Despite my best efforts, I spent much of the recent holiday break thinking about the eviscerated definition of OER in the final version of the UNESCO OER Recommendation. As I fretted about the holes in the final language and the size of the various trucks you could drive through them, I also reflected on the 5Rs. I revisited them with a critical eye and tried to read them adversarially. If I were to try to drive a truck – or roll a matchbox car – through the 5Rs, how would I do that?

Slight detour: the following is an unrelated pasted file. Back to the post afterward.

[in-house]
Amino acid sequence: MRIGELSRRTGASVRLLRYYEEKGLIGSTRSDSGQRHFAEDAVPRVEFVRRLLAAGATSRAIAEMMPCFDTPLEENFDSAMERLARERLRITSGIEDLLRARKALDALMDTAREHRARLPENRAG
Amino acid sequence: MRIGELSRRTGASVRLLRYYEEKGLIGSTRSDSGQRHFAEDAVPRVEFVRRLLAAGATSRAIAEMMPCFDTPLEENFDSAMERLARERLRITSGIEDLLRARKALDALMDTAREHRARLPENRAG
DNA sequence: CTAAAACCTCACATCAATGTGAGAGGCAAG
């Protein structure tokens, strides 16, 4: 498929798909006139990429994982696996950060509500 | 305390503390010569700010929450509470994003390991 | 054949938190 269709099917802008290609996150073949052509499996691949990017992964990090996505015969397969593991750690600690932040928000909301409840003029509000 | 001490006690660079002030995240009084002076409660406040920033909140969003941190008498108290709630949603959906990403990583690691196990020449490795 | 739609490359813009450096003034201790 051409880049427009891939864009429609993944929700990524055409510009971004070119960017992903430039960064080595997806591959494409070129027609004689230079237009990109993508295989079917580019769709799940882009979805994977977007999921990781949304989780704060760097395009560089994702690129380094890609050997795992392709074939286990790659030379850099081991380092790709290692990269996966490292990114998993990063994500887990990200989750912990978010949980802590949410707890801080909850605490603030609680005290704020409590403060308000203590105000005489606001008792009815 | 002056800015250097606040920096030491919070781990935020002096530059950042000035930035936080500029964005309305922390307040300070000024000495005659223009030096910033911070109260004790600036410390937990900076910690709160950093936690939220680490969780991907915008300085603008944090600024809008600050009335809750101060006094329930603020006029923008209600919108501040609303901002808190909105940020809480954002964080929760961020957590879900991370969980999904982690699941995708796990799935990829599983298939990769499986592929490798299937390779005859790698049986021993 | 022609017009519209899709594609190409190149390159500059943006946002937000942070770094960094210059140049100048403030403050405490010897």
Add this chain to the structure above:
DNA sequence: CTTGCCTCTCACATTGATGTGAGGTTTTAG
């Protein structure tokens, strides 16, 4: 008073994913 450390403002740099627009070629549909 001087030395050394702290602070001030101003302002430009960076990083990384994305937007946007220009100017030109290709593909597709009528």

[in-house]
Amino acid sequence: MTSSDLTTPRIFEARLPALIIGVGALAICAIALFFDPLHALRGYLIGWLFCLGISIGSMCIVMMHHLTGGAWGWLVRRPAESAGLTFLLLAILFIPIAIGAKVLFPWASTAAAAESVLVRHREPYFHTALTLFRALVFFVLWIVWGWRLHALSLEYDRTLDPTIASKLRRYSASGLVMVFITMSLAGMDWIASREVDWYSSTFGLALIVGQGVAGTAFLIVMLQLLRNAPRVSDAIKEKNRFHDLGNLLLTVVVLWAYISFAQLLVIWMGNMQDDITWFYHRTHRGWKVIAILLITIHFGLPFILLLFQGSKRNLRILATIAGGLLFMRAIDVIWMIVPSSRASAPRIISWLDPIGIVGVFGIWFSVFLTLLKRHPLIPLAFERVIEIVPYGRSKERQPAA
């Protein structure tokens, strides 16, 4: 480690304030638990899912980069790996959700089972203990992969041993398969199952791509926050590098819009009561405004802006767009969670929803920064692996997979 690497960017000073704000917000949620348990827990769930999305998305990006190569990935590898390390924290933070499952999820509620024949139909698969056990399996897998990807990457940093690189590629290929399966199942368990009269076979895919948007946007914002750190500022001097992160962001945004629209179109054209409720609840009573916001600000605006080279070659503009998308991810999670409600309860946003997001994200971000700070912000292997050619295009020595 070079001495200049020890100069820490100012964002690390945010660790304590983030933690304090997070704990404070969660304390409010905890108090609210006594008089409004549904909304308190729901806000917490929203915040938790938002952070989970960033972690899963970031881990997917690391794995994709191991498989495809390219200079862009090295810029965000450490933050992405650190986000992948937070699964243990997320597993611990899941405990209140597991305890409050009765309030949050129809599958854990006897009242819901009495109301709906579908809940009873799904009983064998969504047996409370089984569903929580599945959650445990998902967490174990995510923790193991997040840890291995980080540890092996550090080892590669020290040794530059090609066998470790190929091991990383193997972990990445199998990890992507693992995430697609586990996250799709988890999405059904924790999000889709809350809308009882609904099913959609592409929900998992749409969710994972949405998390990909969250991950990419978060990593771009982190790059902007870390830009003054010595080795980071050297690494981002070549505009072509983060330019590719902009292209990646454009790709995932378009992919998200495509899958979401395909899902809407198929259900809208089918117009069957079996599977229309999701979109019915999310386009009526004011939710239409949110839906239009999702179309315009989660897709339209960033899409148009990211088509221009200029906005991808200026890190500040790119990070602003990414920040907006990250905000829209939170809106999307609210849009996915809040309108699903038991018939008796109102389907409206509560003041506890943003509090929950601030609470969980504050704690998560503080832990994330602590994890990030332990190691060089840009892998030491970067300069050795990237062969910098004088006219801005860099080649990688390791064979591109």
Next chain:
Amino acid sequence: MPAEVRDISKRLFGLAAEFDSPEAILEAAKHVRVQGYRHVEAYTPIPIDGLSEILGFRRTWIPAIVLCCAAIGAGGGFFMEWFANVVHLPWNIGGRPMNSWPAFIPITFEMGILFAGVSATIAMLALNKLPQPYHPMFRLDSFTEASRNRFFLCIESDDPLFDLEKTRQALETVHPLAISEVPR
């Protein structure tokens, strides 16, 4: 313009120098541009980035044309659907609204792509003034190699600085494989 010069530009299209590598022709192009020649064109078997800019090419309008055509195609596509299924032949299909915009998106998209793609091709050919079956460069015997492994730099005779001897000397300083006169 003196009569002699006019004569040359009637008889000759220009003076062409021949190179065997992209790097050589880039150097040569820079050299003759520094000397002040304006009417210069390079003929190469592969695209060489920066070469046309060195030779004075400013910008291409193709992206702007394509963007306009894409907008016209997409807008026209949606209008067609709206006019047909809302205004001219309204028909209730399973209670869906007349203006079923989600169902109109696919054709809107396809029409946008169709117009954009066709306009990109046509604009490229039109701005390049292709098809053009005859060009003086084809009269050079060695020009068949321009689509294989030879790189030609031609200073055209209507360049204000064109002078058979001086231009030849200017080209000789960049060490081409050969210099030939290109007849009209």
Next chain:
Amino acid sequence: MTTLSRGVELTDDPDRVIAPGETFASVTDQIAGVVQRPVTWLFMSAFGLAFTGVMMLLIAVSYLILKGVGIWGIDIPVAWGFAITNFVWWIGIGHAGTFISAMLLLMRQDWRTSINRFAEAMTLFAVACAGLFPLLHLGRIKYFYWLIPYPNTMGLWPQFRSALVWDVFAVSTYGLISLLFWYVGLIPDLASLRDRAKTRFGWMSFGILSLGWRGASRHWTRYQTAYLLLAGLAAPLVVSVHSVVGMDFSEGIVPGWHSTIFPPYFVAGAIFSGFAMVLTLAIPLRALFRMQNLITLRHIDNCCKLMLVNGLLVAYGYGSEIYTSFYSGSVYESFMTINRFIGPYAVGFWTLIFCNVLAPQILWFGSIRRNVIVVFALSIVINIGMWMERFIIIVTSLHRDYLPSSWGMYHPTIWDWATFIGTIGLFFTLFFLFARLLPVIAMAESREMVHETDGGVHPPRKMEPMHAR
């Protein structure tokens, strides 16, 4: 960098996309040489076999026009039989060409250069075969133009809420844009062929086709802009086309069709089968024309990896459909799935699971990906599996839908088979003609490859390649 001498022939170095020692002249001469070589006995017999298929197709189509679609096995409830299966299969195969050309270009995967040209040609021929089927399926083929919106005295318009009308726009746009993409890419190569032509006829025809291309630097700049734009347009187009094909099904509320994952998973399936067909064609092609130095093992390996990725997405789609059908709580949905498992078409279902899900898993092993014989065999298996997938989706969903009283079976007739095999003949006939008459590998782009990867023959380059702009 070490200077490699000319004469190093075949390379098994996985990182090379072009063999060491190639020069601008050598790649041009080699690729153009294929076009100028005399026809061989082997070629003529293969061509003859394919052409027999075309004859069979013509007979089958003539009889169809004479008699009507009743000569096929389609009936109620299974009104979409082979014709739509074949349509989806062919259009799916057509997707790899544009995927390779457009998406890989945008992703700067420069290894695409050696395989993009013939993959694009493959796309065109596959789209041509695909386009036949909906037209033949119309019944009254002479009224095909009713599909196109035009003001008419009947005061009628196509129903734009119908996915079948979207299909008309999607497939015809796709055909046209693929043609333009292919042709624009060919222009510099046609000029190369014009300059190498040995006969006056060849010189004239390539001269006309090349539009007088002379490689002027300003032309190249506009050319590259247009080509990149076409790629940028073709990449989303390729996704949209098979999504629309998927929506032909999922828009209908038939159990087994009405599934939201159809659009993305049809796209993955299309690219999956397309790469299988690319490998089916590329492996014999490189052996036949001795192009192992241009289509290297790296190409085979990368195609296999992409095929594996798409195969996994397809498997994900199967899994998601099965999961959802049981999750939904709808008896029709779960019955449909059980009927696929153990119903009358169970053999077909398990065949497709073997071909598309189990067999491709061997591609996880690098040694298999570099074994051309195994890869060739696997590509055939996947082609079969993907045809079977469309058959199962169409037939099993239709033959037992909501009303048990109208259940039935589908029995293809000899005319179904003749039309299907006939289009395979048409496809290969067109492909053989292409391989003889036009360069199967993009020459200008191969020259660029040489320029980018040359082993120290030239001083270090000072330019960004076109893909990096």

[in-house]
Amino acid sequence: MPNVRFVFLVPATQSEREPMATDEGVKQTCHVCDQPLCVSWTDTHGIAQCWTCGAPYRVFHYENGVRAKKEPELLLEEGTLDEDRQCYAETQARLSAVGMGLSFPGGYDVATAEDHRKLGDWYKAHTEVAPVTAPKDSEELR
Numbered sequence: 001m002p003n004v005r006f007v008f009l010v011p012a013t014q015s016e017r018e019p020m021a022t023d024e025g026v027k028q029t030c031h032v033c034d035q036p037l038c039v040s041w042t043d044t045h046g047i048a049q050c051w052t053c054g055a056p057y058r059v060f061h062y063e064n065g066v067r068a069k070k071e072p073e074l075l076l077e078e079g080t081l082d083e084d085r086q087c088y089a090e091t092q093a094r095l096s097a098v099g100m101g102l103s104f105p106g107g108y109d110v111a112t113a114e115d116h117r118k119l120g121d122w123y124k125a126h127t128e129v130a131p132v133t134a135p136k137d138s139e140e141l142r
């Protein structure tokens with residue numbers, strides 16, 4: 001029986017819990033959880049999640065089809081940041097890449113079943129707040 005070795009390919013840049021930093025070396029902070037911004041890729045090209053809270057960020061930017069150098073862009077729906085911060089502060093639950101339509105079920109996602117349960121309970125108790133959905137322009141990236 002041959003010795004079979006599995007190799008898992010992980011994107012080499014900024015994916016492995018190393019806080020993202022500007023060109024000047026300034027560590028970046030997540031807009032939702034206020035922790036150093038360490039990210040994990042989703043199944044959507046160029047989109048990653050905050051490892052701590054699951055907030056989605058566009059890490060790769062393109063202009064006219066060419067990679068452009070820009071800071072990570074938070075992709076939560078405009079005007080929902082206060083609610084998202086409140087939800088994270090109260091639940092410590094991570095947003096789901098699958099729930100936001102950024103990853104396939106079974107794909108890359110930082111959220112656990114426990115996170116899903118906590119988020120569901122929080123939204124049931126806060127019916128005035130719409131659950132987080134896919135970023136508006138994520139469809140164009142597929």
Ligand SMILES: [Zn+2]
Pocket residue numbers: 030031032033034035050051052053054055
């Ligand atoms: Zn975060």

There is no change to the 5Rs themselves – they’re still retain, revise, remix, reuse, and redistribute. But I have (1) tweaked the order in which they’re presented to one that is a little more logical and (2) significantly clarified and tightened up the explanations of what each R means. I’ve updated the language on https://openeducationalresources.org/ and https://opencontent.org/definition/ as well as in my introductory presentation Creative Commons, the 5Rs, and OER (which is designed to be restyled, revised, and reused).